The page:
This book is the first comprehensive telling of Robert P. Madison’s amazing life.
The night I began writing this introduction to Designing Victory, the temperature in Cleveland dropped to near zero. Summer and the publication of this book seemed impossibly far off. In fact, my publisher told me I would already have celebrated my 95th birthday before the first print run was delivered and the ebook version was released. Turns out he was right about the timing. In turn, I confide that now that this process is complete, I am so pleased that my story has finally been properly told.
In one way or another, for more than 40 years, I’ve wrestled with countless memories, notes, letters, essays, photos and memorabilia, trying to make sense of them and get them in order. At least once a week—sometimes several times a day—over that period, doubt entered my head: “Are you sure it’s worth it? Is this story worth telling? What can I say that others need to hear? Will anybody want to read this?”
I heard those whispers of doubt in my head over and over; everybody who attempts to create or achieve something new hears them, don’t they? Still, after listening to those whispers for far too long, I knew I was ready to raise my voice.
This business of recalling what I saw, what I felt, what I did, and writing down family history from before I was even born, has been remarkable. It’s also been unexpectedly gratifying, especially when previously unknown details or long-forgotten memories surface to provide me with new context. But it’s hard work and surprisingly fatiguing, both physically and mentally, to patch together conversations, news clippings, photos, and other accounts of all the days of my life. For those of you good at math, you might have already done the calculation—that’s nearly 35,000 days (detail-oriented folks out there shouldn’t forget to figure 24 leap year days into their calculation).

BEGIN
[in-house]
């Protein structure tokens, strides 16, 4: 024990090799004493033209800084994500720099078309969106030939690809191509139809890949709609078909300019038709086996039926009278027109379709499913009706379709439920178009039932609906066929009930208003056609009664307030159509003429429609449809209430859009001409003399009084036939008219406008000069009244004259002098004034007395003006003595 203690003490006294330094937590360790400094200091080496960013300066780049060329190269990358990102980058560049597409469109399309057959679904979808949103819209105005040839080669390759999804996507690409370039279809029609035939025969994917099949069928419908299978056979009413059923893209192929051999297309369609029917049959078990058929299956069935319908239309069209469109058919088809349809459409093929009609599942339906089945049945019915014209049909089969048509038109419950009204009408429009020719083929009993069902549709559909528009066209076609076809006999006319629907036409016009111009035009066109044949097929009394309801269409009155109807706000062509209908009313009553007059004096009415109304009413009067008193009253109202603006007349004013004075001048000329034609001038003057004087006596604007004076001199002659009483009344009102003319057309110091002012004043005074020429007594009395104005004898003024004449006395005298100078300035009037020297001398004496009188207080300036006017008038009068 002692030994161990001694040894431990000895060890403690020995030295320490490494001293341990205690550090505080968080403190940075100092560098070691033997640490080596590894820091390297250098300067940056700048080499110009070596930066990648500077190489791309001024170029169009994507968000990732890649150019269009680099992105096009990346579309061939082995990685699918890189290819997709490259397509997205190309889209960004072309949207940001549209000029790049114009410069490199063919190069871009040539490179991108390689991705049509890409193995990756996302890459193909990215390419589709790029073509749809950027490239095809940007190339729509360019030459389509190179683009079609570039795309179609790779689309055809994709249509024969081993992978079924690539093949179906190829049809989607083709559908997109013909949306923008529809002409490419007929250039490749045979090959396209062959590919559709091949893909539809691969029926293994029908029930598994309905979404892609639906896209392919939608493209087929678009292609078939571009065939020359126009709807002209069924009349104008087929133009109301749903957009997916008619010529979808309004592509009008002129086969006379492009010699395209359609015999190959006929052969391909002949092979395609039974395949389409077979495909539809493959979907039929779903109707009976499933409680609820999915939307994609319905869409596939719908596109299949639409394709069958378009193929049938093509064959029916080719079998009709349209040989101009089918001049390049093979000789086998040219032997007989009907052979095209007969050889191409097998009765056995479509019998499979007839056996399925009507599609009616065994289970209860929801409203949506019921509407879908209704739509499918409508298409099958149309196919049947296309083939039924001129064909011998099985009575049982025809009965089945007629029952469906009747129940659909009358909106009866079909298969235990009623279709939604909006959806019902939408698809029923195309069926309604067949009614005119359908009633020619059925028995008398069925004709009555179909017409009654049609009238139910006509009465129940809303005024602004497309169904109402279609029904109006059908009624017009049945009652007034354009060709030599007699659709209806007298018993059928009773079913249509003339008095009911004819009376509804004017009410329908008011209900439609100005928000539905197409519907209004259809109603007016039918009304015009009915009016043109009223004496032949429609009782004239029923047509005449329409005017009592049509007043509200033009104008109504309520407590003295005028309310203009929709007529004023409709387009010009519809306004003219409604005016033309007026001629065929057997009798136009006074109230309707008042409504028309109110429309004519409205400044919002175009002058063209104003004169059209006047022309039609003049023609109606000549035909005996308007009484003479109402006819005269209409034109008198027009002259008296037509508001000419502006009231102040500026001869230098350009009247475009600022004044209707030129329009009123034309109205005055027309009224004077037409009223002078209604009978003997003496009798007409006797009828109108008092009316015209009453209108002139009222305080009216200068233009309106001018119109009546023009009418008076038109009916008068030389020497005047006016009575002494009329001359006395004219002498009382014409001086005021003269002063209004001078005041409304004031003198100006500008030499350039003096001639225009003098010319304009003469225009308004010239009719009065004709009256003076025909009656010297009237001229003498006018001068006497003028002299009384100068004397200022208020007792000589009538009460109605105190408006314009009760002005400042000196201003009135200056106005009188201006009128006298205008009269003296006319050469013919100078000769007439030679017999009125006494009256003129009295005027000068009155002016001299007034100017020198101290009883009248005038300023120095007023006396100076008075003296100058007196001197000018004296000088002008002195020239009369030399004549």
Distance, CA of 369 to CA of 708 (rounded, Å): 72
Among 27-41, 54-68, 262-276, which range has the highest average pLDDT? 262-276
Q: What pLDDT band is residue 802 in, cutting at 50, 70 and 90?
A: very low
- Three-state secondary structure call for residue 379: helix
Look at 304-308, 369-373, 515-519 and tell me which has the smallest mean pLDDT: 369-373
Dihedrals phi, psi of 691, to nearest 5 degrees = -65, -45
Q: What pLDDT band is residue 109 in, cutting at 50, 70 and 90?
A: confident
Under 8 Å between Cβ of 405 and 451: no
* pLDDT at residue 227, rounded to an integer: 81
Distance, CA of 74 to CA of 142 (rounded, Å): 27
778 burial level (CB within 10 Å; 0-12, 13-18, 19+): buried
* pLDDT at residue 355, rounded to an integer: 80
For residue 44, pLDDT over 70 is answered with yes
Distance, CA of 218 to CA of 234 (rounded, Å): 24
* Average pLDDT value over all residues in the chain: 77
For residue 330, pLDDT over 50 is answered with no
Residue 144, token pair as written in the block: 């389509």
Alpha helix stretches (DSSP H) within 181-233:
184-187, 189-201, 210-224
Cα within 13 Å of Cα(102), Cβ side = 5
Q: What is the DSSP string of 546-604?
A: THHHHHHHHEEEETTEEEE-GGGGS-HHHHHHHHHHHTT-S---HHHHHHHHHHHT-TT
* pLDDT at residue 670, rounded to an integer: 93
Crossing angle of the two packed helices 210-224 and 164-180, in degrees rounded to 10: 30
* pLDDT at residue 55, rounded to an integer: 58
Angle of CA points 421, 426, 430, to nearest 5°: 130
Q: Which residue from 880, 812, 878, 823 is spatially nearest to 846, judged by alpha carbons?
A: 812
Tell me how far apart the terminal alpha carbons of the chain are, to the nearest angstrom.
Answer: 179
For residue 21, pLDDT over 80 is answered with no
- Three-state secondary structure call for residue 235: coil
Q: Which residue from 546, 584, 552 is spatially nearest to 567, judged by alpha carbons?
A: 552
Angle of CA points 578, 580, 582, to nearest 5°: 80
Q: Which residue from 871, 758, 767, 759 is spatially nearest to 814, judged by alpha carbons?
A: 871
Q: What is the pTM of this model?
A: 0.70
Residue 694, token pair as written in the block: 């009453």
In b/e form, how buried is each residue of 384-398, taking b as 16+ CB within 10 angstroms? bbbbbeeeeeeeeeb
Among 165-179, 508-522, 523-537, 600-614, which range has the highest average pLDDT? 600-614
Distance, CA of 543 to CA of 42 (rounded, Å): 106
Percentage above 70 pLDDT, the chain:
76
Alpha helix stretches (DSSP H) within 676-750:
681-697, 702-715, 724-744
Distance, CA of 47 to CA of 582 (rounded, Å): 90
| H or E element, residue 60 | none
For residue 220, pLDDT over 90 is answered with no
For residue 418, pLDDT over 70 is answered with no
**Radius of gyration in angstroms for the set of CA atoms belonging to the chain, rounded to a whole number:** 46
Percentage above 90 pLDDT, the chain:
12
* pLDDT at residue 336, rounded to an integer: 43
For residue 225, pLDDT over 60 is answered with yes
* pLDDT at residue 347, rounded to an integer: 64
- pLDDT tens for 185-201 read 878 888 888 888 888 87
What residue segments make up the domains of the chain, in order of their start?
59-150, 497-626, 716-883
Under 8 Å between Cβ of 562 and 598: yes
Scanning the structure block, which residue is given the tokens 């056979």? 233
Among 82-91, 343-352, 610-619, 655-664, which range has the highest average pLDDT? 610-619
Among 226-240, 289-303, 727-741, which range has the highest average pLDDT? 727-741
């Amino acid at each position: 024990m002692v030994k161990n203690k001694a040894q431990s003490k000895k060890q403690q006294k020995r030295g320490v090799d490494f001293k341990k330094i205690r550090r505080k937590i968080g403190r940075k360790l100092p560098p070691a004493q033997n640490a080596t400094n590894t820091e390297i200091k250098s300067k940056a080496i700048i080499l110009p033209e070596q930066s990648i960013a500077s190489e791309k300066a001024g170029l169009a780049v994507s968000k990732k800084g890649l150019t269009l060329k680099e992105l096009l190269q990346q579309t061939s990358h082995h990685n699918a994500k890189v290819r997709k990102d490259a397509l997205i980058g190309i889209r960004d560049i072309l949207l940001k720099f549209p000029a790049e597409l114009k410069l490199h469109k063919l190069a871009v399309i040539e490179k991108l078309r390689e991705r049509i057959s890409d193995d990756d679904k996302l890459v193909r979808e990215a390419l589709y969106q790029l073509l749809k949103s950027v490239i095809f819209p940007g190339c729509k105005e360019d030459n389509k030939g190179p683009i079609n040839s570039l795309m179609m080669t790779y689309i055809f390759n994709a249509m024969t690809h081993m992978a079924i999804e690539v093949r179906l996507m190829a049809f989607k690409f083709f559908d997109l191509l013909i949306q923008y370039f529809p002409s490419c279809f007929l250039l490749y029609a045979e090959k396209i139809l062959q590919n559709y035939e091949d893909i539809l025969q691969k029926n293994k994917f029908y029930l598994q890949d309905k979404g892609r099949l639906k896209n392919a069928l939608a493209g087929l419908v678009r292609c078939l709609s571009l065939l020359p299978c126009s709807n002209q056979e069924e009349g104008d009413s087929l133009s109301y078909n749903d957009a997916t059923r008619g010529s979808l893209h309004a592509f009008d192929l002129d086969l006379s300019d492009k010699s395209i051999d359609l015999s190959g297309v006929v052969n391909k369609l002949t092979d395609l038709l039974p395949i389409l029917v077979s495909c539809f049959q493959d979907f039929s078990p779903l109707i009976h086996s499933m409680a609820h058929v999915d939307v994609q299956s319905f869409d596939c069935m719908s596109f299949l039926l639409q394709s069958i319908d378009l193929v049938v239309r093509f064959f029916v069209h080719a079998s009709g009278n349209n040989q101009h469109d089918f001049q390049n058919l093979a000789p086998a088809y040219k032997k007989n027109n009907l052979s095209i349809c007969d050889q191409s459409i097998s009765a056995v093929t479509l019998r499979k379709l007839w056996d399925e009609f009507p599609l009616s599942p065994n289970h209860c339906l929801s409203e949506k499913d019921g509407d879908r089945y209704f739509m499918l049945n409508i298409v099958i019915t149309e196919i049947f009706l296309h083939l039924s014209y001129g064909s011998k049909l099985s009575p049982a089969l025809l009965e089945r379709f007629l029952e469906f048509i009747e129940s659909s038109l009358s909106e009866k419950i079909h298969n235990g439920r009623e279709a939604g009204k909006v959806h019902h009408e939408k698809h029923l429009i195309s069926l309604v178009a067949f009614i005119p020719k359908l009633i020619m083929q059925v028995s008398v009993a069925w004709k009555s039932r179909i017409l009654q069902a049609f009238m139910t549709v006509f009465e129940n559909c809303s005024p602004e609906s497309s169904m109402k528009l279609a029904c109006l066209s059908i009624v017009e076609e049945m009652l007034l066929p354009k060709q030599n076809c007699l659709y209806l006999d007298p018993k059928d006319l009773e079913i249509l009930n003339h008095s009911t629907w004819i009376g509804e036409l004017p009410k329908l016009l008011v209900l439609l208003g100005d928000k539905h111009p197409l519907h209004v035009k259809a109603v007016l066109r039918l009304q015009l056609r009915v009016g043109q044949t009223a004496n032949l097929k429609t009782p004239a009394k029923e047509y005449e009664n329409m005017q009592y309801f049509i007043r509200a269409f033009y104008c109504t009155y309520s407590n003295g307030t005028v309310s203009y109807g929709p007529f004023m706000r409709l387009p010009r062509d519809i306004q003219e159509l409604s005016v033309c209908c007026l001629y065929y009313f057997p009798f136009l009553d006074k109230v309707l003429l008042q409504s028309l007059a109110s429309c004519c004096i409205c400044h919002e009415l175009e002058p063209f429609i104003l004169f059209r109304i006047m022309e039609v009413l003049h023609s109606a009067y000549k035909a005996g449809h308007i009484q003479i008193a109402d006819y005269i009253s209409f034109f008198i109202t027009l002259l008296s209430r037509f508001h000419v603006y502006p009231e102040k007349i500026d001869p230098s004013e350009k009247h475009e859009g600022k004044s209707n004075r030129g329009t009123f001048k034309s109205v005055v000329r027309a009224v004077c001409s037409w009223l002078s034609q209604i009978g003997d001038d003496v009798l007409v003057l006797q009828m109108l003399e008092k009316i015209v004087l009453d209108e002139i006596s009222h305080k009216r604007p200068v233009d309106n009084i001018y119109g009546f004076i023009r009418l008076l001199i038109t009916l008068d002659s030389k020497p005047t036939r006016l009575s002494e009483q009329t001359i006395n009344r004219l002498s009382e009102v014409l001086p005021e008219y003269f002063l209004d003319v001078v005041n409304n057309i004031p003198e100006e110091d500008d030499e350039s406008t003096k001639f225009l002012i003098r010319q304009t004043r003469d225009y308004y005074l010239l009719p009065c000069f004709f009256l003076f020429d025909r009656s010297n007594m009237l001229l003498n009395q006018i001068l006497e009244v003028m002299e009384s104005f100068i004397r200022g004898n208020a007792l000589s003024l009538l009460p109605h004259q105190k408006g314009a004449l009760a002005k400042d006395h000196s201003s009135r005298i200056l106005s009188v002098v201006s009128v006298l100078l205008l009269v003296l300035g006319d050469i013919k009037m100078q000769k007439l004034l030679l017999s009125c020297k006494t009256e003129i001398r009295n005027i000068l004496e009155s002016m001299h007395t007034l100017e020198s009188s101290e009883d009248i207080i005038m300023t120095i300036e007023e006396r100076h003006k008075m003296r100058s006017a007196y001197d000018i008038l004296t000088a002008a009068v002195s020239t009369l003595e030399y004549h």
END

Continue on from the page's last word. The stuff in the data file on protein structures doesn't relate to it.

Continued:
That’s a lot of sunrises and sunsets—much observing, learning, working, enduring, and enjoying life. I’ve done all that.
I personally connect to a huge swath of American history. Between my life and the lives of relatives I have known, we cover a range of more than 160 years. That’s about two-thirds the history of the United States. So far, during my life, 16 different men have held the office of president of the United States, representing quite a diversity of philosophy, leadership, and character.
Unfortunately, many of my life experiences are measured not just by days, years, or even the number of U.S. presidencies. The organized violence of wars also `provides sad milestones for me and my family. You’ll learn about Grandma Land, my great-grandmother, who was born before the Civil War. I was born not quite five years after the end of the Great War, as it was called then. I fought in the war that followed that one, World War II, the greatest and worst the world has ever seen. I almost died, several times, in that war.
But not all violence and hatred happen within the boundaries of war. Those close to me—family, friends, colleagues—have experienced plenty of examples of those. I have also known the sweetest, most personal love. Without that, what life is worth living?
Along the way, I received a first-class education and graduated from the best schools before opening my own business, the first black-owned architectural firm in Ohio and just the tenth in the United States. I learned early on, however, that the halls of academe and the corner offices of the workplace are not the only way stations where one learns about life.
Bob Madison and Carlo Wolff, October 2018, in front of one of Madison’s projects: FirstEnergy Stadium, home for the Cleveland Browns.
Family—wonderful, warm, messy family—is a school unto itself. For most of us, family provides the most meaningful education.
My family goes way back, and I recall many times that I benefited from older members who looked out for us. So it’s appropriate for my story to begin not with my physical birth, but with the kind of birth many of us go through in adolescence. This is a birth of greater awareness, I guess. It’s about awareness of the world—where you come from, how you fit in, where you want to go. My adolescent sensibilities included all of that. While family members were looking out for me, I carefully observed them to learn how life works, how success is achieved, how victories are celebrated, and, unfortunately, what happens when circumstances conspire to doom some to failure and sadness.
“Bob’s ability to be self-critical is part of what makes him an outstanding professional leader. Speaking the truth as he sees it is an exceptional characteristic, no matter how difficult it might be for those around him. I admire Bob’s passions, forthrightness and his unique ability to be magnanimous.”
Malcolm Holzman, FAIA
Malcolm Holzman FAIA, is an American architect, who practices in New York City, and is a founding partner of Holzman Moss Bottino Architecture (HMBA) and Hardy Holzman Pfeiffer Associates (HHPA). Malcolm has planned, programmed, and designed over 130 projects for public use; including 35 library projects during the last five decades.